• Healthcare
  • Connected car / city
  • Smartgrid
Which have underpinnings in computer science areas such as:
  • advanced analytics
  • machine learning
  • deep learning
  • storage and database technology

One of the more compelling stories coming out of this group is how the city is letting them use the resurgent MLK Street area as a next-generation test-bed to further develop their smart city initiatives. For a city that wants to create a true "innovation district", its an interesting story to see one of the streets that 20 years ago most had written-off become a next-generation smart city test bed. Multiple universities (including GaTech and Vanderbilt) have committed to doing research on the data being collecte by the sensor arrays being installed on the street.

The projects we'll see at this conference will display next-generation answers to hard problems in their respective spaces. It's research like these projects that will eventually bring the major labs to town (for talent, as in other cities such as Austin). In the context of Chattanooga's lineage of public+private success there are two near-term things that we suggest happen to drive graduate school investment for economic growth:

  1. get regional private organizations to donate data and collaborate on research with students to create compelling publishable results to drive graduate school research output
  2. raise funds to support more graduate students and pay more new researchers for the comp science program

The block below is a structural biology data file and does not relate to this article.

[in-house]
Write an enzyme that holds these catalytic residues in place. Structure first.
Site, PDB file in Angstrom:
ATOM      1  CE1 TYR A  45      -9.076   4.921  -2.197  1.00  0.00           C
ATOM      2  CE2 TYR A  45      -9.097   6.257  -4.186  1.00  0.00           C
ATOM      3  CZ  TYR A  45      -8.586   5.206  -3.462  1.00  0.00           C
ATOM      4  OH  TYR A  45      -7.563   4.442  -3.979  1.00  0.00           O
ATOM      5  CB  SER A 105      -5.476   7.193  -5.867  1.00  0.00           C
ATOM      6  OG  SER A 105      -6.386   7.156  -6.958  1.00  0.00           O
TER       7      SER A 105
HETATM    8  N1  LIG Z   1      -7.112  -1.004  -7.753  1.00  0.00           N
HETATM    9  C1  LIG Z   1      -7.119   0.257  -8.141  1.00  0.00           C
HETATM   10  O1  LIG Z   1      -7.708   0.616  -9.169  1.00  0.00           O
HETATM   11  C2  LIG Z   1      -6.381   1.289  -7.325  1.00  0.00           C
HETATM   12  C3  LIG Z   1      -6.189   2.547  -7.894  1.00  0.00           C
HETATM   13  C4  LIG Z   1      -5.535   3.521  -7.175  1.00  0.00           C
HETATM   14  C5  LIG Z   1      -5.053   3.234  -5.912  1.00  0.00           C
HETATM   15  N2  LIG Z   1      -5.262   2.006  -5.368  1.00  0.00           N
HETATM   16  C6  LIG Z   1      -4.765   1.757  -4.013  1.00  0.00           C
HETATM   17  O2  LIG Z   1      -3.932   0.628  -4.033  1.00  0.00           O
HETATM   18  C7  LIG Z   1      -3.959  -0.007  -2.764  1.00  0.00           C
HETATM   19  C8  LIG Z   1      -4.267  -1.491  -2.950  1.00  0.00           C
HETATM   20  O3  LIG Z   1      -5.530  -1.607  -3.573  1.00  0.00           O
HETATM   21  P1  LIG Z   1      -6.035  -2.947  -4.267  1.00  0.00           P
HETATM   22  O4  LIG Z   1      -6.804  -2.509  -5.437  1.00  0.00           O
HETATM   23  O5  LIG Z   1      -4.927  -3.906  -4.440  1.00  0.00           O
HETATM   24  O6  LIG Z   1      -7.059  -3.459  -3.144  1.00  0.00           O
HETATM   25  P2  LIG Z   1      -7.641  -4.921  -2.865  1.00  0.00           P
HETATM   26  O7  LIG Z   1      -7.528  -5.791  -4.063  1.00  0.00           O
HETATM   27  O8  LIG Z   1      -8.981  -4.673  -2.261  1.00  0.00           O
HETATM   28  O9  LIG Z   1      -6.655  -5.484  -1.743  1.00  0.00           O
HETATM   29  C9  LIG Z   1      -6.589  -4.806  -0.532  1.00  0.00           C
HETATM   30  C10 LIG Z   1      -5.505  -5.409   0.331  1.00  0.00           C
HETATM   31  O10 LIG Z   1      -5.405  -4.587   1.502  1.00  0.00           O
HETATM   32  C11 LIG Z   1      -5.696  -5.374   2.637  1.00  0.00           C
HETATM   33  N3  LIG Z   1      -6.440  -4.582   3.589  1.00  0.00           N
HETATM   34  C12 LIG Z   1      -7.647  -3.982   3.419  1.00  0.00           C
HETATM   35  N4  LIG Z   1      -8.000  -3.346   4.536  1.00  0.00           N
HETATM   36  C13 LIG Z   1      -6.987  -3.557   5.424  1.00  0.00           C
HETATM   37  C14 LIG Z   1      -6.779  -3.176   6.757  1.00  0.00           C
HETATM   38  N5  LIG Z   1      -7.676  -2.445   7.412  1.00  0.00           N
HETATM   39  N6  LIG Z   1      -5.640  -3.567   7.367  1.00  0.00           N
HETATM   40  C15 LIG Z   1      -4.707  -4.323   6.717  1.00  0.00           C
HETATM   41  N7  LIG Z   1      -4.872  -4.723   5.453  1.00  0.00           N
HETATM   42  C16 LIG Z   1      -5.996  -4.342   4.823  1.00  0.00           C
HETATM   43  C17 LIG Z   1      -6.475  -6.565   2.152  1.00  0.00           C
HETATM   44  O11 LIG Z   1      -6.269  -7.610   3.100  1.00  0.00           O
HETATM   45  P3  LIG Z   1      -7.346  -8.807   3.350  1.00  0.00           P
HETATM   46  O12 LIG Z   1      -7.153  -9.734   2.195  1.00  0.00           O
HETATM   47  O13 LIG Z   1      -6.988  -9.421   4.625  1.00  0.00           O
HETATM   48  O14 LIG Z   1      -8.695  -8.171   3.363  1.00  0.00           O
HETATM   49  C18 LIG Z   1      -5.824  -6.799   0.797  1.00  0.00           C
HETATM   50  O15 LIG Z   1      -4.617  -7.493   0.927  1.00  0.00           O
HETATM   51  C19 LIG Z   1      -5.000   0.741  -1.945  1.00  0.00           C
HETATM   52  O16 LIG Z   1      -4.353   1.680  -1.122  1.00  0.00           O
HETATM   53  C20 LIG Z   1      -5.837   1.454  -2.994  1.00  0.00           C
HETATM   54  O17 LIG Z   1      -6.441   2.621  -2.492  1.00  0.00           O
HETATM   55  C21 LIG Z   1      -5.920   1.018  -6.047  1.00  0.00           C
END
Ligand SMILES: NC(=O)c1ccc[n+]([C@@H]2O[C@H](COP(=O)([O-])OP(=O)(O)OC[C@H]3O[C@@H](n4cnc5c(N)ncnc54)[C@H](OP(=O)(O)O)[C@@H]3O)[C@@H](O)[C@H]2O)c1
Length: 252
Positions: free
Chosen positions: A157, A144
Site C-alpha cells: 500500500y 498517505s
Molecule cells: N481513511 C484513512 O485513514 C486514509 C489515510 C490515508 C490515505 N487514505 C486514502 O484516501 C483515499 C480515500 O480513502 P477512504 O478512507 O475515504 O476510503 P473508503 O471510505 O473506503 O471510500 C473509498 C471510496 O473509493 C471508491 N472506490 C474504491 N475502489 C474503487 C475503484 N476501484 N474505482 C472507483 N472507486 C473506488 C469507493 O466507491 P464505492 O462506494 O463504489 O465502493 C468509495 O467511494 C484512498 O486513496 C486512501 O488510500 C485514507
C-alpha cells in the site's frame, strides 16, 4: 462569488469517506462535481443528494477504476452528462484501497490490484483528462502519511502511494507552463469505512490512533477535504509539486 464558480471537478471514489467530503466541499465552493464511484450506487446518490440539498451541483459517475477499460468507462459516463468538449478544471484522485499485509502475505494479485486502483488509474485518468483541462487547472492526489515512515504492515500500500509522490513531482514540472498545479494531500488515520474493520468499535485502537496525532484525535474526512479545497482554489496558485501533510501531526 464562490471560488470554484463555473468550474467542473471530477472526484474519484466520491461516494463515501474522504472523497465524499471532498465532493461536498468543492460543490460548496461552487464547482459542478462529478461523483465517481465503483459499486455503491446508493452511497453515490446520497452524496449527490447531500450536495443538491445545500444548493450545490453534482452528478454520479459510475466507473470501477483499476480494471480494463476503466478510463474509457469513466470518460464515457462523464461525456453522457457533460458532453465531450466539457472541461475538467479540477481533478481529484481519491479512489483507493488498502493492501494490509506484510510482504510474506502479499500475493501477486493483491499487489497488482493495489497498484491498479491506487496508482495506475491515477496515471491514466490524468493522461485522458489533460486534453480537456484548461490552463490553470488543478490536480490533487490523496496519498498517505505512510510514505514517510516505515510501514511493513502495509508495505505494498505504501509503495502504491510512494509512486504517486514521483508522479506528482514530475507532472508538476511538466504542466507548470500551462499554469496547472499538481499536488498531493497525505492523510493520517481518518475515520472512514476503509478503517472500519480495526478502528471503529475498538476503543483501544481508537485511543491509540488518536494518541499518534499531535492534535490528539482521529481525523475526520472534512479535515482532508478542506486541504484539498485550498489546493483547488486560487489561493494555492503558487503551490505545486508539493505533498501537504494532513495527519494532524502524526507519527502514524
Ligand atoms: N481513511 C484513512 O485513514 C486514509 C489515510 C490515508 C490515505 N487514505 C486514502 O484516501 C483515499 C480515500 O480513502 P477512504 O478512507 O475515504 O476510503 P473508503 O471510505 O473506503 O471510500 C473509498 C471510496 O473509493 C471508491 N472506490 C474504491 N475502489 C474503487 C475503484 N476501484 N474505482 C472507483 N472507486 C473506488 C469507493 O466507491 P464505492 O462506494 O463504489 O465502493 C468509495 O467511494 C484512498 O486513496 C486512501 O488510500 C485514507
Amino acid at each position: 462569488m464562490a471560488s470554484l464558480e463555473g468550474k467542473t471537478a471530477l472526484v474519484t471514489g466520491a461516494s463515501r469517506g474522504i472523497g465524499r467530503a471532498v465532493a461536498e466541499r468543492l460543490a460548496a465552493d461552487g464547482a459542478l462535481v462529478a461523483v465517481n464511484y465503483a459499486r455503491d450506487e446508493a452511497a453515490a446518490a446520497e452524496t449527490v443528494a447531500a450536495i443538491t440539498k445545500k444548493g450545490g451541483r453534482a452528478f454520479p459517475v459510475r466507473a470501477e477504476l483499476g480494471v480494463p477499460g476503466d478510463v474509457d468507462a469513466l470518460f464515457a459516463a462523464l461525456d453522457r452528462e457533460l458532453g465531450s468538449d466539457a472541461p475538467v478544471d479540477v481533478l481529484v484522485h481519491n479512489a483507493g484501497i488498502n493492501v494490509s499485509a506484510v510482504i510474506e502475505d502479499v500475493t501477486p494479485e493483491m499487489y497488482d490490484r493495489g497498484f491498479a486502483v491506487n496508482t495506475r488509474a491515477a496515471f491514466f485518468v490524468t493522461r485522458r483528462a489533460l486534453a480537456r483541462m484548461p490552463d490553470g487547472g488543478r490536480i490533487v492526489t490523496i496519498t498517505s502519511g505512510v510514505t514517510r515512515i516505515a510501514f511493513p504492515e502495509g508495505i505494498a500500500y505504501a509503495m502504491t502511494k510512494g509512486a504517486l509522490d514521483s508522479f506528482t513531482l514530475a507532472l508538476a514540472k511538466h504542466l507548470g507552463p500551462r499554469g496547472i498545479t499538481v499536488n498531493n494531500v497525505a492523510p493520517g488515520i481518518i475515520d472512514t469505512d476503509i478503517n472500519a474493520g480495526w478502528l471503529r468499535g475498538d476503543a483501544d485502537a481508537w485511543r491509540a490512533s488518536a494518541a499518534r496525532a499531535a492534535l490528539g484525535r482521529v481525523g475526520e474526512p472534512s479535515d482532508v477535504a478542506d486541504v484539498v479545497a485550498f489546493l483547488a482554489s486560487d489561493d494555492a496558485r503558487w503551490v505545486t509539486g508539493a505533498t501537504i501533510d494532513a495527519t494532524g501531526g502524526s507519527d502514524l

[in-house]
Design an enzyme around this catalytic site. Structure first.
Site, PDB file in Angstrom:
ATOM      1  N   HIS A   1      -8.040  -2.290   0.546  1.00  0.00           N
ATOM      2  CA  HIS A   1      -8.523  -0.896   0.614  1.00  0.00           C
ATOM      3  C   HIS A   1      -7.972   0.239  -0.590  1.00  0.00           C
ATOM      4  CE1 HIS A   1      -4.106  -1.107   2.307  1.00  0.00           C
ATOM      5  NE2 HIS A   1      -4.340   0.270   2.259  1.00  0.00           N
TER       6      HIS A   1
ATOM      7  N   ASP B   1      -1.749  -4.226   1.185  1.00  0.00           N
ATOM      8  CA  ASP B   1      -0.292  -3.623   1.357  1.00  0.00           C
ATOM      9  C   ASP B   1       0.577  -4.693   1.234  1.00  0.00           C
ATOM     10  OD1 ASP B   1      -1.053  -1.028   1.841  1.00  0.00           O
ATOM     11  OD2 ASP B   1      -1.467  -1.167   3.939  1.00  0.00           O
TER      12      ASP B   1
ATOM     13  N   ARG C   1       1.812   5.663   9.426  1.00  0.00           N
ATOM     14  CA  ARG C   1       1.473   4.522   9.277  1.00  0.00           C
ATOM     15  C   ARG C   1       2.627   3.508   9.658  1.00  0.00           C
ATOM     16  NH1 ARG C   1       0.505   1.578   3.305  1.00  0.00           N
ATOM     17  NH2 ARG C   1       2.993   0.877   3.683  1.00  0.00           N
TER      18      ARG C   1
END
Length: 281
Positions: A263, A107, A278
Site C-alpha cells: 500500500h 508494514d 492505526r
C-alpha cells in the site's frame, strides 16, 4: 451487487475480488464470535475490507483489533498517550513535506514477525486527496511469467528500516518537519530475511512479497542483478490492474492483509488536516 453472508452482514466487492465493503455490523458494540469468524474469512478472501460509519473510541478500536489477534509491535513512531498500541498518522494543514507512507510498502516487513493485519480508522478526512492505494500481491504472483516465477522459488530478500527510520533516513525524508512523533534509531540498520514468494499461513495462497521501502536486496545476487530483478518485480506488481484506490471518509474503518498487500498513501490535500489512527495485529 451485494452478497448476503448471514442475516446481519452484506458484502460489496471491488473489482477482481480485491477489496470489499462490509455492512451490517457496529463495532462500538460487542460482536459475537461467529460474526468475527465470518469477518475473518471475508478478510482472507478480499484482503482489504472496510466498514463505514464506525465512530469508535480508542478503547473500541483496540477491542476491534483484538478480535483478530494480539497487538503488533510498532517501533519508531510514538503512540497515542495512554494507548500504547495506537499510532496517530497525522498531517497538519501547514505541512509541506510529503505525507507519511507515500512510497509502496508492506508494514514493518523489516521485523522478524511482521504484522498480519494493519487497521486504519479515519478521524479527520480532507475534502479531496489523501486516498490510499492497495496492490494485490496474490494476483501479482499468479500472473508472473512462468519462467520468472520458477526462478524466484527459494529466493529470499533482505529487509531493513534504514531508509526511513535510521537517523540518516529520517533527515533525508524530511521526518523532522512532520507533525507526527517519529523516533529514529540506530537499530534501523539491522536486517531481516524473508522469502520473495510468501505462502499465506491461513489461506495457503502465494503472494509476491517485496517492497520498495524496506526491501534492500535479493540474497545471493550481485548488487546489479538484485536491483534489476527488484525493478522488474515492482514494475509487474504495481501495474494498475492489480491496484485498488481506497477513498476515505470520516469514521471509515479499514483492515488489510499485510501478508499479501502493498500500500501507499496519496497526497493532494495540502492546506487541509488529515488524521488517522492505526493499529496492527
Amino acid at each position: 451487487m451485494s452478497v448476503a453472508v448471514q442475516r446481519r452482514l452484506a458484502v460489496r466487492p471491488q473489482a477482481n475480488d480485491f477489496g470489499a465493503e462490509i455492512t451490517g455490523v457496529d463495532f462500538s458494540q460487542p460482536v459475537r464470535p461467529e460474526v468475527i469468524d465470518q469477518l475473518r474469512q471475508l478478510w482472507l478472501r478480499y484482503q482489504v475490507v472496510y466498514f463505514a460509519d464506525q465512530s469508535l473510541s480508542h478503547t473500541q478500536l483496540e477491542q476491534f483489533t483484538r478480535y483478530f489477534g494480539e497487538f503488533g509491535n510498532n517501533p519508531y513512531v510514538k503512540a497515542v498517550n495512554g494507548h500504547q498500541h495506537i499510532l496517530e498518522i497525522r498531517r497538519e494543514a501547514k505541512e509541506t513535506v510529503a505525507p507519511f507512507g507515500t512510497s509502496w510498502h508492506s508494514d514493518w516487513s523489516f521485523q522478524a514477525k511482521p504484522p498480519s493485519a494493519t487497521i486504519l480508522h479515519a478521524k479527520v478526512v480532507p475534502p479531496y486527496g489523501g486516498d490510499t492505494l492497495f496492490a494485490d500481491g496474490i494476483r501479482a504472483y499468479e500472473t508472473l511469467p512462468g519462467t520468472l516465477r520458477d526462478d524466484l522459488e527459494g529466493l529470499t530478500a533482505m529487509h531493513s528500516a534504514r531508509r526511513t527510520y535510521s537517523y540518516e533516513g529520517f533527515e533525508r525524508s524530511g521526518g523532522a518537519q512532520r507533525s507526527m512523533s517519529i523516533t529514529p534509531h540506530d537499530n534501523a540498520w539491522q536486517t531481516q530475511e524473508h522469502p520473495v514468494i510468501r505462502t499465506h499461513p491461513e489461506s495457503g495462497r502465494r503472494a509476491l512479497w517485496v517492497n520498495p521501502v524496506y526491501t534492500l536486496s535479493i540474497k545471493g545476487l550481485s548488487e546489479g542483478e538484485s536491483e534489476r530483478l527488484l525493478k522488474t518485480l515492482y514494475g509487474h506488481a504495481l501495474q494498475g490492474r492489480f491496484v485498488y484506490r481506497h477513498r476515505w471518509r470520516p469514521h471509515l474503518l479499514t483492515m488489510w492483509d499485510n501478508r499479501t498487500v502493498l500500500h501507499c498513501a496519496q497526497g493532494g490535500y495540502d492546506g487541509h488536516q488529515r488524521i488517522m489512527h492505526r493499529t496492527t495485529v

These types of activities will take time to show results, but they have shown to consistently deliver long-term benefits to a region.

What is Patterson Consulting Doing to Help?

Obviously Patterson Consulting cannot move the needle across all the facets discussed above by itself. To support the Smart Communications and Analysis Lab (SCAL) and their research efforts, we've set the following goals for the 2018 and 2019 academic years:

  1. Be on the committee for the (hopefully annual) Chattanooga Deep Learning Conference
  2. Help mentor deep learning and distributed systems graduate students on research projects for alignment with industry
  3. Purposely hire and recruit from the UTC graduate program
  4. Provide guest lectures on deep learning
  5. Help build and deliver a graduate class on advanced distributed systems (Hadoop, Kafka, Information Retrieval)

To close, if we step back and take a look at where Chattanooga has been (rail), how it changed its narrative (the Tennessee Aquarium, parternships, planning), and then look at where the hub economy is going (data), we can summarize and title our whole thesis with the moniker:

"Rail, Aquariums, and Data"